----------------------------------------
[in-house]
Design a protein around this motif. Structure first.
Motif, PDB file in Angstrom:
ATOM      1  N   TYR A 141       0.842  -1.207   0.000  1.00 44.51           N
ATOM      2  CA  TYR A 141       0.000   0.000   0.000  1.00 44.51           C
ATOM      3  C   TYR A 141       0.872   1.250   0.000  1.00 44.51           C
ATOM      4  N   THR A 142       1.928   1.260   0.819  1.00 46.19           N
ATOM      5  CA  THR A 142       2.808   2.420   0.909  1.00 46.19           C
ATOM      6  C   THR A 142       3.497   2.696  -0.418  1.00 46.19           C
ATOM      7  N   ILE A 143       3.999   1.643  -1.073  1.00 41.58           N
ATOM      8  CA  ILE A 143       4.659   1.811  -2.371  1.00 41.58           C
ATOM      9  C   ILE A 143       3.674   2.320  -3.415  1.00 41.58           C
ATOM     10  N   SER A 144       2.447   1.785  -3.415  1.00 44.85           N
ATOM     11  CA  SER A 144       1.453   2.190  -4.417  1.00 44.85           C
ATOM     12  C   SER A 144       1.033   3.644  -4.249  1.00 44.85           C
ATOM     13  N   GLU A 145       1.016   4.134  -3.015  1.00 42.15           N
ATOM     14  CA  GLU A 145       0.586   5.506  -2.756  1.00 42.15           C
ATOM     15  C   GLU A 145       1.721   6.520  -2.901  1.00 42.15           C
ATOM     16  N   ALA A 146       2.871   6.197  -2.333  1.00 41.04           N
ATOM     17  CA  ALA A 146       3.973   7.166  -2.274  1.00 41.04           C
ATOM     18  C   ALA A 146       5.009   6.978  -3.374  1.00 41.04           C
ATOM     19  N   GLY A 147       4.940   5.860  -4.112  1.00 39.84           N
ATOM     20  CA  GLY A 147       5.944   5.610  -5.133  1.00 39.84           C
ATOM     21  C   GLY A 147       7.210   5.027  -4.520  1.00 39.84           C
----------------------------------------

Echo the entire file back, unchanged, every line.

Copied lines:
[in-house]
Design a protein around this motif. Structure first.
Motif, PDB file in Angstrom:
ATOM      1  N   TYR A 141       0.842  -1.207   0.000  1.00 44.51           N
ATOM      2  CA  TYR A 141       0.000   0.000   0.000  1.00 44.51           C
ATOM      3  C   TYR A 141       0.872   1.250   0.000  1.00 44.51           C
ATOM      4  N   THR A 142       1.928   1.260   0.819  1.00 46.19           N
ATOM      5  CA  THR A 142       2.808   2.420   0.909  1.00 46.19           C
ATOM      6  C   THR A 142       3.497   2.696  -0.418  1.00 46.19           C
ATOM      7  N   ILE A 143       3.999   1.643  -1.073  1.00 41.58           N
ATOM      8  CA  ILE A 143       4.659   1.811  -2.371  1.00 41.58           C
ATOM      9  C   ILE A 143       3.674   2.320  -3.415  1.00 41.58           C
ATOM     10  N   SER A 144       2.447   1.785  -3.415  1.00 44.85           N
ATOM     11  CA  SER A 144       1.453   2.190  -4.417  1.00 44.85           C
ATOM     12  C   SER A 144       1.033   3.644  -4.249  1.00 44.85           C
ATOM     13  N   GLU A 145       1.016   4.134  -3.015  1.00 42.15           N
ATOM     14  CA  GLU A 145       0.586   5.506  -2.756  1.00 42.15           C
ATOM     15  C   GLU A 145       1.721   6.520  -2.901  1.00 42.15           C
ATOM     16  N   ALA A 146       2.871   6.197  -2.333  1.00 41.04           N
ATOM     17  CA  ALA A 146       3.973   7.166  -2.274  1.00 41.04           C
ATOM     18  C   ALA A 146       5.009   6.978  -3.374  1.00 41.04           C
ATOM     19  N   GLY A 147       4.940   5.860  -4.112  1.00 39.84           N
ATOM     20  CA  GLY A 147       5.944   5.610  -5.133  1.00 39.84           C
ATOM     21  C   GLY A 147       7.210   5.027  -4.520  1.00 39.84           C